Professing Christians of all varieties, including the city’s centuries-old Roman Catholic community, comprise about 5 percent of the population. Evangelical believers, however, account for just 0.15 percent — not quite invisible, but hard to find among Mumbai’s multitudes.

“You see the church expanding only in the slums today, but not much among the well-educated people,” says Christian leader Ivan Raskino, who started his first Mumbai church in the 1980s among street people, drug addicts and prostitutes. Today he trains pastors all over surrounding Maharashtra state, where he finds more responsiveness to the gospel among rural, tribal peoples.

“The sad thing,” he adds, “is that Mumbai is expanding much more than the church.”

Why? Rapid population growth among Hindus and Muslims, for one thing. Mumbai’s go-go pace, for another. Christians also labor under the weight of the city’s history.

Mammon’s stronghold
Bombay reached its zenith as a great world trading center under British rule, which also fostered religious freedom. But the colonial legacy has been an albatross around the neck of Protestant Christians since India gained national independence in 1947. Many urban Indians admire Christ, but not the Westernized, non-indigenous churches where He is worshipped. The rise of Hindutva — extreme Hindu nationalism — only increases Christian isolation.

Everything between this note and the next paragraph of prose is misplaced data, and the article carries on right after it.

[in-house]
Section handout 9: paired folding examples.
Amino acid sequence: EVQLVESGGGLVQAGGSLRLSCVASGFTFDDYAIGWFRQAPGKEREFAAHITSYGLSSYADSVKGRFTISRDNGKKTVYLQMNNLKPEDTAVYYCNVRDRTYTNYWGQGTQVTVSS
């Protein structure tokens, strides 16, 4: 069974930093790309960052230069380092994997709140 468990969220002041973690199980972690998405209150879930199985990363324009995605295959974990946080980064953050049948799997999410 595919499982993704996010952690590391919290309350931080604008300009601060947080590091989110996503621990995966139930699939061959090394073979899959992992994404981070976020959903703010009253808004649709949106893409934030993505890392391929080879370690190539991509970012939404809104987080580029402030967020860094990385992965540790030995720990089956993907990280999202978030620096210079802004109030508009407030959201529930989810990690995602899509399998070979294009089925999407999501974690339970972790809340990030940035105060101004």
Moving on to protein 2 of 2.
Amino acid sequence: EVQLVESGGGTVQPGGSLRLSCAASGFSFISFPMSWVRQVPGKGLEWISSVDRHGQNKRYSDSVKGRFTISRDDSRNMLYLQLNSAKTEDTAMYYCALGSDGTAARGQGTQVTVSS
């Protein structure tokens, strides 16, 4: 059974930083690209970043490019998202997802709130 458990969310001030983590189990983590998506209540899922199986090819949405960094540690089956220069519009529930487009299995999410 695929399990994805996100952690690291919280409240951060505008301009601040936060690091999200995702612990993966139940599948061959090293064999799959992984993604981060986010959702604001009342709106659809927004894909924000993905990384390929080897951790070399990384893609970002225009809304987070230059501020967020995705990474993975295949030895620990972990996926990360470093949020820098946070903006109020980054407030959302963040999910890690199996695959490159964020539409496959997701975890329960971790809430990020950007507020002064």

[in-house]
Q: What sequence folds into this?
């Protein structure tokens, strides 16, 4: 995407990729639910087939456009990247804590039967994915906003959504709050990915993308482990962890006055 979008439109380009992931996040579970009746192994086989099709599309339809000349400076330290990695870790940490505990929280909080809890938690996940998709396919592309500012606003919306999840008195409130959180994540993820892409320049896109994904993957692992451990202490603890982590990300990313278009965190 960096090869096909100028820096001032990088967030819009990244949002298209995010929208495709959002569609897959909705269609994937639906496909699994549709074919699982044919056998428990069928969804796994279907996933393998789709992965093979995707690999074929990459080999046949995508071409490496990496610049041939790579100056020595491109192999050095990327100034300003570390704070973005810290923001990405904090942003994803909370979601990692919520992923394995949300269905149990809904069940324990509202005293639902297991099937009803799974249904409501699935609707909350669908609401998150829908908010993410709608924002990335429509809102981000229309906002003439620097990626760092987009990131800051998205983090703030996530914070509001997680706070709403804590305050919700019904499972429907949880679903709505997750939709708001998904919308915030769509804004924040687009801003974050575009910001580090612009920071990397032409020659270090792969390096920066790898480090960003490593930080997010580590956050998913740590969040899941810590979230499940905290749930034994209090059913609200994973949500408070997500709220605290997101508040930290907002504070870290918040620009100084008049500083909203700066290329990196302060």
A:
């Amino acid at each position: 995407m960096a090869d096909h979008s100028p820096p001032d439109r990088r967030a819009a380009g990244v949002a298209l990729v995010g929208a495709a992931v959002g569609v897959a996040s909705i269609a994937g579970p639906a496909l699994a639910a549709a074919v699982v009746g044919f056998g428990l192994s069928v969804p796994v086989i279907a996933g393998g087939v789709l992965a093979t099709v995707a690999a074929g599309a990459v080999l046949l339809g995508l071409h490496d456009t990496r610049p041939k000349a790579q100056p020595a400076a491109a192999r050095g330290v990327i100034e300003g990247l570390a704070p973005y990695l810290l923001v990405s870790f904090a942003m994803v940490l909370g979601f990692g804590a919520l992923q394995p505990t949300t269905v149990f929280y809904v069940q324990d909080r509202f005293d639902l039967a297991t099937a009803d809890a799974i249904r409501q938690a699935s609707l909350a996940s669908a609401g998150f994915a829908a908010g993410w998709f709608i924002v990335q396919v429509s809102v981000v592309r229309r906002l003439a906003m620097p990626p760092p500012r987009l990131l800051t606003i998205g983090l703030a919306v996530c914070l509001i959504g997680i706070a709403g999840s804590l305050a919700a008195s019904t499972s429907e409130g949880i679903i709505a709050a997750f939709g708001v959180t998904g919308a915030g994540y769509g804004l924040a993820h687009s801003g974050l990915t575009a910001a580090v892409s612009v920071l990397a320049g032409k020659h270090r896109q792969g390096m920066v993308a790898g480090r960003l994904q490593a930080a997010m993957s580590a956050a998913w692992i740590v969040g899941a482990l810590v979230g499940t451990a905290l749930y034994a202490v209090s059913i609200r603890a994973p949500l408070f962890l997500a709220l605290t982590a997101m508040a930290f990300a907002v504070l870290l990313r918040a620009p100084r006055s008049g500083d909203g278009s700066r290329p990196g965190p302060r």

But Mumbai’s Christians also bear some responsibility for their own marginalization.

BP photo

Mumbai has its gaudy rich and its dirt poor — and its hard-charging upper middle class. John Mani, center, a personnel manager for a major shipping company, works long days keeping the port of Mumbai running smoothly. On the weekends, he goes to church and to the shopping mall with his wife.

The existing churches are a “big barrier” to growth, a Christian worker says. “They’ve been in survival mode as a minority for generations. They’re trying to keep their own congregations together. If somebody happens to bring somebody, that’s a good thing, but it doesn’t happen very often.”

The ancient spiritual strongholds of religious idolatry still exert influence in the city. But so does the stronghold of greed, which fully bloomed in the 19th-century colonial era as Bombay became the money-obsessed “City of Gold.” It essentially remains so to this day, even as it crumples under the weight of millions of people seeking fortune — or basic food.